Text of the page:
How popular is the baby name Zachary in the United States right now? How popular was it historically? Find out using the graph below! Plus, check out all the blog posts that mention the name Zachary.

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Popularity of the Baby Name Zachary


Posts that Mention the Name Zachary

Popular and unique baby names in Quebec (Canada), 2021

Quebec

According to Retraite Québec, the most popular baby names in the Canadian province of Quebec last year were Emma and Noah.

Here are Quebec’s top 50 girl names and top 50 boy names of 2021:

Girl Names

  1. Emma, 521 baby girls
  2. Olivia, 519
  3. Alice, 508
  4. Florence, 498
  5. Charlie, 488
  6. Livia, 473
  7. Charlotte, 465
  8. Lea, 462
  9. Romy, 357
  10. Zoe, 344
  11. Clara, 335
  12. Juliette, 331
  13. Rosalie, 327
  14. Beatrice, 326
  15. Rose, 322
  16. Chloe, 314
  17. Eva, 312 (tie)
  18. Sofia, 312 (tie)
  19. Mia, 290
  20. Mila, 283
  21. Victoria, 253
  22. Jade, 249
  23. Julia, 245
  24. Leonie, 230
  25. Maeva, 221 (tie)
  26. Raphaelle, 221 (tie)
  27. Jeanne, 200
  28. Camille, 194
  29. Amelia, 193
  30. Flavie, 187
  31. Ophelie, 179
  32. Elizabeth, 177
  33. Elena, 176
  34. Adele, 164 (tie)
  35. Eleonore, 164 (tie)
  36. Sophia, 157
  37. Jasmine, 145
  38. Laurence, 144 (tie)
  39. Lexie, 144 (tie)
  40. Alicia, 143
  41. Lily, 139
  42. Oceane, 137
  43. Ellie, 136
  44. Sarah, 129
  45. Anna, 125 (3-way tie)
  46. Flora, 125 (3-way tie)
  47. Simone, 125 (3-way tie)
  48. Noelie, 124 (tie)
  49. Sophie, 124 (tie)
  50. Maelie, 123

Boy Names

  1. Noah, 717 baby boys
  2. William, 709
  3. Thomas, 645
  4. Leo, 622
  5. Liam, 618
  6. Jacob, 529
  7. Nathan, 519
  8. Arthur, 508
  9. Edouard, 499
  10. Felix, 484
  11. Logan, 476
  12. Emile, 465 (tie)
  13. Louis, 465 (tie)
  14. Charles, 408
  15. Raphael, 396
  16. James, 366
  17. Arnaud, 362 (tie)
  18. Theo, 362 (tie)
  19. Victor, 360
  20. Adam, 337
  21. Elliot, 332
  22. Alexis, 329
  23. Henri, 308
  24. Jules, 306
  25. Benjamin, 301
  26. Samuel, 290
  27. Gabriel, 289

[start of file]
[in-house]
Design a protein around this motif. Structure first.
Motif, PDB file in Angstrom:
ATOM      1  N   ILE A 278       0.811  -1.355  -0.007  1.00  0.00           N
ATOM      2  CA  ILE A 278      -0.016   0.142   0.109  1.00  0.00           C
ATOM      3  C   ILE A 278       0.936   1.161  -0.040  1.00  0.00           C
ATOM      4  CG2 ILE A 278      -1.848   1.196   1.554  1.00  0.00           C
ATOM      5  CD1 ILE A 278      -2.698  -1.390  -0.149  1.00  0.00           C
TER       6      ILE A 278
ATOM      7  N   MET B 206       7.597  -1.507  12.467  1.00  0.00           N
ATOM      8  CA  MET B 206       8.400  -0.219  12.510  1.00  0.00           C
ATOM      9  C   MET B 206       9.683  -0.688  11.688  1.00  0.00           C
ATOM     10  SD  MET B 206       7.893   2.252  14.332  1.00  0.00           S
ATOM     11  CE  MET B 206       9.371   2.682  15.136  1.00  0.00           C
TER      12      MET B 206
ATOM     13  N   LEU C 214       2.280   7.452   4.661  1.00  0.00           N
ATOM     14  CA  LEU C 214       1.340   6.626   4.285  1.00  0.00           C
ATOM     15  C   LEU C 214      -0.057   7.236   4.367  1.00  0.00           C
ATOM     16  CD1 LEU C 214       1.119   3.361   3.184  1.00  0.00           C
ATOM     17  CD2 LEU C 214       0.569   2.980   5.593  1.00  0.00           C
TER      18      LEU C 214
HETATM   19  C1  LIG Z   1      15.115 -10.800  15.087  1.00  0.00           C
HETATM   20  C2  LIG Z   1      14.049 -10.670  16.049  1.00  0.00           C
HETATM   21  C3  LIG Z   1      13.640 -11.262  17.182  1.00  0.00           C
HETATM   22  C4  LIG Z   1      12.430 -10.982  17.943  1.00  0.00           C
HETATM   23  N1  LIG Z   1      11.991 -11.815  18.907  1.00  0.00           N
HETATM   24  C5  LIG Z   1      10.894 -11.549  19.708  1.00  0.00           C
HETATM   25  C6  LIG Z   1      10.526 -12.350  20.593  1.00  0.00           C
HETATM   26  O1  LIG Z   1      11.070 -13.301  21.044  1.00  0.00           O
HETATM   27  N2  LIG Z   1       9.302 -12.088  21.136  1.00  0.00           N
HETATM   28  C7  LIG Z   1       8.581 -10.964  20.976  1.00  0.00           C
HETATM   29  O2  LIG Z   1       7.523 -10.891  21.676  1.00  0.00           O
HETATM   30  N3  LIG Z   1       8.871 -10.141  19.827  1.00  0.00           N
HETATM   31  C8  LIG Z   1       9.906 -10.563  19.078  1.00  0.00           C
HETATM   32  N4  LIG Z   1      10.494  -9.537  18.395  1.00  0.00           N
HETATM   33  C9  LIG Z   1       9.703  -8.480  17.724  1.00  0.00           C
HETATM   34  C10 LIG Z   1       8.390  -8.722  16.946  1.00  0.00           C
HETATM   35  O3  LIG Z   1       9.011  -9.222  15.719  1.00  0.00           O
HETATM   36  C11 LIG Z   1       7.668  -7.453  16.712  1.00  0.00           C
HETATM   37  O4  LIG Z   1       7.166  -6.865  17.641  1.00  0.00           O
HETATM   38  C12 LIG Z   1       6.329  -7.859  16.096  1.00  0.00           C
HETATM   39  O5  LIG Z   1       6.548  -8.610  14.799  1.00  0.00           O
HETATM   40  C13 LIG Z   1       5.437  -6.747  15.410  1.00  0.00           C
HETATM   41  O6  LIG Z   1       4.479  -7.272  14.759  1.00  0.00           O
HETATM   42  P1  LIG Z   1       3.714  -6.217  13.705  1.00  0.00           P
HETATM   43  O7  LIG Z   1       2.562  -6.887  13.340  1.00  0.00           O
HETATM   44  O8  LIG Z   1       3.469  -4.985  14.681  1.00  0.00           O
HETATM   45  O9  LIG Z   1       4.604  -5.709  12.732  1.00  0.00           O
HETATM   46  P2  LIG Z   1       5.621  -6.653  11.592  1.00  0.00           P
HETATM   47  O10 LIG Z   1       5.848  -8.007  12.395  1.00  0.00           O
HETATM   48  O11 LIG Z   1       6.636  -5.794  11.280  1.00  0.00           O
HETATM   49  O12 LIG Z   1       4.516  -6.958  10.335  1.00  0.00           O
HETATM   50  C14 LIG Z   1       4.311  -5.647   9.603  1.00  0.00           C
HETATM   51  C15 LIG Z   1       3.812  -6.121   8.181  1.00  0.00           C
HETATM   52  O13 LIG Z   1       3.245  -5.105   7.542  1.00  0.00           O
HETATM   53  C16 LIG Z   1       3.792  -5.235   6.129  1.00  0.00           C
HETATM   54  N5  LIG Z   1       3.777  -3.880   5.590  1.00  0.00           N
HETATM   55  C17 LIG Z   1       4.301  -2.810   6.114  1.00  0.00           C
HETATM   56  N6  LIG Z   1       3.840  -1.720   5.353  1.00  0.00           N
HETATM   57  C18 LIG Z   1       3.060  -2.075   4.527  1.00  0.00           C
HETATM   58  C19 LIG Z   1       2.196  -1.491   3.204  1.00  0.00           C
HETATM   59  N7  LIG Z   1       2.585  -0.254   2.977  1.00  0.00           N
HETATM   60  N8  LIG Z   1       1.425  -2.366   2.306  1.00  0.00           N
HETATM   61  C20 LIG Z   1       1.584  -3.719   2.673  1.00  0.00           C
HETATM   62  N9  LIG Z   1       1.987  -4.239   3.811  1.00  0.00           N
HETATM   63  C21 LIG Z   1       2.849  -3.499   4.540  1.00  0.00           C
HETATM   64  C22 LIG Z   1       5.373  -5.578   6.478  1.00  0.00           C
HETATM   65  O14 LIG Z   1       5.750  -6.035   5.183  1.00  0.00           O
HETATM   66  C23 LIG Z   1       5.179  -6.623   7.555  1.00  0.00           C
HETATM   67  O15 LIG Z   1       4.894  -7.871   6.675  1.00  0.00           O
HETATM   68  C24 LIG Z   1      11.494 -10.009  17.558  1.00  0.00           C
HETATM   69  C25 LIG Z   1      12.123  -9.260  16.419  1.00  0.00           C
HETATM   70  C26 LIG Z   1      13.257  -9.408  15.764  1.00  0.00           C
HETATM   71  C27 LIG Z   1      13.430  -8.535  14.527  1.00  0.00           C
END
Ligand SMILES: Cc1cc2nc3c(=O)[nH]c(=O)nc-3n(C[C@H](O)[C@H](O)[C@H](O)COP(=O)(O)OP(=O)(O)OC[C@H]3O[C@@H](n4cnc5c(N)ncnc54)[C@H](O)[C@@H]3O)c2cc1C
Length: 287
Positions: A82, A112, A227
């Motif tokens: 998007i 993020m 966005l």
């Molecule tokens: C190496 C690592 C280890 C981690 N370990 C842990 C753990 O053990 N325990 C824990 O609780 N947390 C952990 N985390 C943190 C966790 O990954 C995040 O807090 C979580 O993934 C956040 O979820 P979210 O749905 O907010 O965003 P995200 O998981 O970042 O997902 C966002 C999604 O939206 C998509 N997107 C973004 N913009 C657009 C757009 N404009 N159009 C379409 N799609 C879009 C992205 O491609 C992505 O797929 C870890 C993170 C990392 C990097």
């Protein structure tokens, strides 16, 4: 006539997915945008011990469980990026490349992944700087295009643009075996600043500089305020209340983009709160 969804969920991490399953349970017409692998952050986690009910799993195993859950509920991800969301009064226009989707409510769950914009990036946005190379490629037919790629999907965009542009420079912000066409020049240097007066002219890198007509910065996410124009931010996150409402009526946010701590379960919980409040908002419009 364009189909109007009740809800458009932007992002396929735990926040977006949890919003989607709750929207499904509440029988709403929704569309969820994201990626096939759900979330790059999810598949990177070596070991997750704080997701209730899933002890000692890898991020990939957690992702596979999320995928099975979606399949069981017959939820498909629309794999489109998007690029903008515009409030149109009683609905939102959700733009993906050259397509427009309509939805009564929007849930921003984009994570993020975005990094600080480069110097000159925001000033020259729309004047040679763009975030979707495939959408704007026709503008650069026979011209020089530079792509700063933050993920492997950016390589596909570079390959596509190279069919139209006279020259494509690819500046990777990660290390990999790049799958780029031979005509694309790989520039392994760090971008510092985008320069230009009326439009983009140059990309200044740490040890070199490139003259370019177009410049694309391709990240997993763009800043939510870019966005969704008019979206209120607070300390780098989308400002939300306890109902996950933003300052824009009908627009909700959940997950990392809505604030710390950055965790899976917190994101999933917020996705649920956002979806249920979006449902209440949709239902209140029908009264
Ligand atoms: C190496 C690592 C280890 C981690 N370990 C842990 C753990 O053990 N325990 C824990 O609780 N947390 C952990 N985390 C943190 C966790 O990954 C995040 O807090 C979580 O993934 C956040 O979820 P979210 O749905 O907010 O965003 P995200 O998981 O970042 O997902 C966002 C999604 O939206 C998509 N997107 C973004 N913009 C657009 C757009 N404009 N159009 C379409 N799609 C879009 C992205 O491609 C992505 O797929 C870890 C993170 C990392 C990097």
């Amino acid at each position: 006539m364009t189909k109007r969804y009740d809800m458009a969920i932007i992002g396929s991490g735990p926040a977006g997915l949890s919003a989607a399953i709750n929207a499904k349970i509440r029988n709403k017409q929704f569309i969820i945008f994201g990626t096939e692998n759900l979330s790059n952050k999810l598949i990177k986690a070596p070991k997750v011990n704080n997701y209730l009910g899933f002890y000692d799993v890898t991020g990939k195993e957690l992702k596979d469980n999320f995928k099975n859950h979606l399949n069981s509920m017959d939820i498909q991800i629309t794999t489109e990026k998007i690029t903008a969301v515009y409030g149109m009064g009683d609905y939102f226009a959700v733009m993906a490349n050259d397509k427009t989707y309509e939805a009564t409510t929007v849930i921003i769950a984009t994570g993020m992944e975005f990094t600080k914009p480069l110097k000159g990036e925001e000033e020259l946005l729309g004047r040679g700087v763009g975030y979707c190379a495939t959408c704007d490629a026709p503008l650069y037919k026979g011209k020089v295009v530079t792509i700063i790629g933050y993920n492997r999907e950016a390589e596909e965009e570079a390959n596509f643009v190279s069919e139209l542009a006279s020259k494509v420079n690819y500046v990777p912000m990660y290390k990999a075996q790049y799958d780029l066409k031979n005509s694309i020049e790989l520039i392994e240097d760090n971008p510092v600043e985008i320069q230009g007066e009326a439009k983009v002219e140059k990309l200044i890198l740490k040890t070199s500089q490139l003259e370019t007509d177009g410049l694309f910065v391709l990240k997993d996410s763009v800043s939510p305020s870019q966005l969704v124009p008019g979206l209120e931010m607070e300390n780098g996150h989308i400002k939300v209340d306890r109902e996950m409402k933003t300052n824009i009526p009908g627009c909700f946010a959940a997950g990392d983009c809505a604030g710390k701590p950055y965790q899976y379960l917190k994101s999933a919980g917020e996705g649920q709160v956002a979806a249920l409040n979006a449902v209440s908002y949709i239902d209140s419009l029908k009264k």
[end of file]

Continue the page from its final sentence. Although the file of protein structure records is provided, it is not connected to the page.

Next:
28. Milan, 282 (tie)
  29. Olivier, 282 (tie)
  30. Laurent, 280
  31. Theodore, 277
  32. Nolan, 274
  33. Jackson, 271
  34. Jayden, 266
  35. Lucas, 256
  36. Antoine, 245
  37. Zack, 239
  38. Eloi, 230 (tie)
  39. Ethan, 230 (tie)
  40. Matheo, 212
  41. Axel, 204
  42. Jake, 203
  43. Eli, 198
  44. Mathis, 191
  45. Hubert, 190
  46. Xavier, 177
  47. Zachary, 176
  48. Leonard, 171
  49. Loic, 170
  50. Mayson, 166

In the girls’ top 10, Zoe replaced Clara.

In the boys’ top 10, Felix replaced Logan.

And here are some of the baby names that were bestowed just once in Quebec last year:

Unique Girl NamesUnique Boy Names
Auxane, Beaulieu, Celtina, Dulcinee, Ephelina, Freticia, Gamaelle, Hestia, Isalie, Jophina, Kautjaq, Lasiala, Milaloup, Nausicaa, Oncy, Protea, Qulliq, Riziki, Sensitiva, Timmiak, Uzia, Violaine, Waapikun, Xeia, Yzea, ZoonaAmenzo, Blinken, Clydirk, Dawensky, Eliodore, Fritzner, Ghiss, Hulkson, Ikuagasak, Jackary, Kaulder, Lafleche, Mclovin, Nickford, Otsoa, Piponik, Qianli, Raynloc, Stratos, Trupt, Ulys, Vinicius, Wendrick, Xakhan, Yamsongo, Zoric

Some possible explanations/associations for a few of the above:

  • Beaulieu means “beautiful place” in French.
  • Kaulder was a character in the movie The Last Witch Hunter (2015).
  • McLovin was a name used on a fake ID in the movie Superbad (2007).
  • Milaloup looks like a combination of the name Mila and the French word loup, meaning “wolf.”
  • Nausicaa was a character in Homer’s Odyssey.
  • Qulliq refers to a seal-oil/whale blubber lamp used by the Inuit.
  • Timmiak refers to a duck or a goose in Inuktitut.

In 2020, the top names in Quebec were Olivia and Liam.

Sources: Retraite Québec – List of Baby Names, Noah and Emma most popular baby names in Quebec in 2021

Top first letters of baby names in the U.S., 2021

Which first letters were the most and least popular for U.S. baby names in 2021?

Top first letters for girl names: A, E, M

For baby girls, the most-used first letter was A, followed by E and M. The least-used first letter was U.

Graph of first letter popularity for U.S. baby girl names, 2021

The most popular girl names per letter were…

  • A-names (over 273,100 baby girls): Amelia, Ava, Abigail, Avery, Aria, Aurora
  • B-names (over 49,300): Brooklyn, Bella, Brielle, Blakely, Bailey, Brianna
  • C-names (over 93,100): Charlotte, Camila, Chloe, Claire, Caroline, Cora
  • D-names (over 40,300): Delilah, Daisy, Diana, Daniela, Delaney, Dakota
  • E-names (over 155,300): Emma, Evelyn, Elizabeth, Eleanor, Ella, Emily
  • F-names (over 16,500): Freya, Faith, Finley, Fiona, Fatima, Frances
  • G-names (over 42,900): Gianna, Grace, Genesis, Gabriella, Genevieve, Georgia
  • H-names (over 54,900): Harper, Hazel, Hannah, Hailey, Hadley, Harmony
  • I-names (over 44,100): Isabella, Isla, Ivy, Iris, Isabelle, Isabel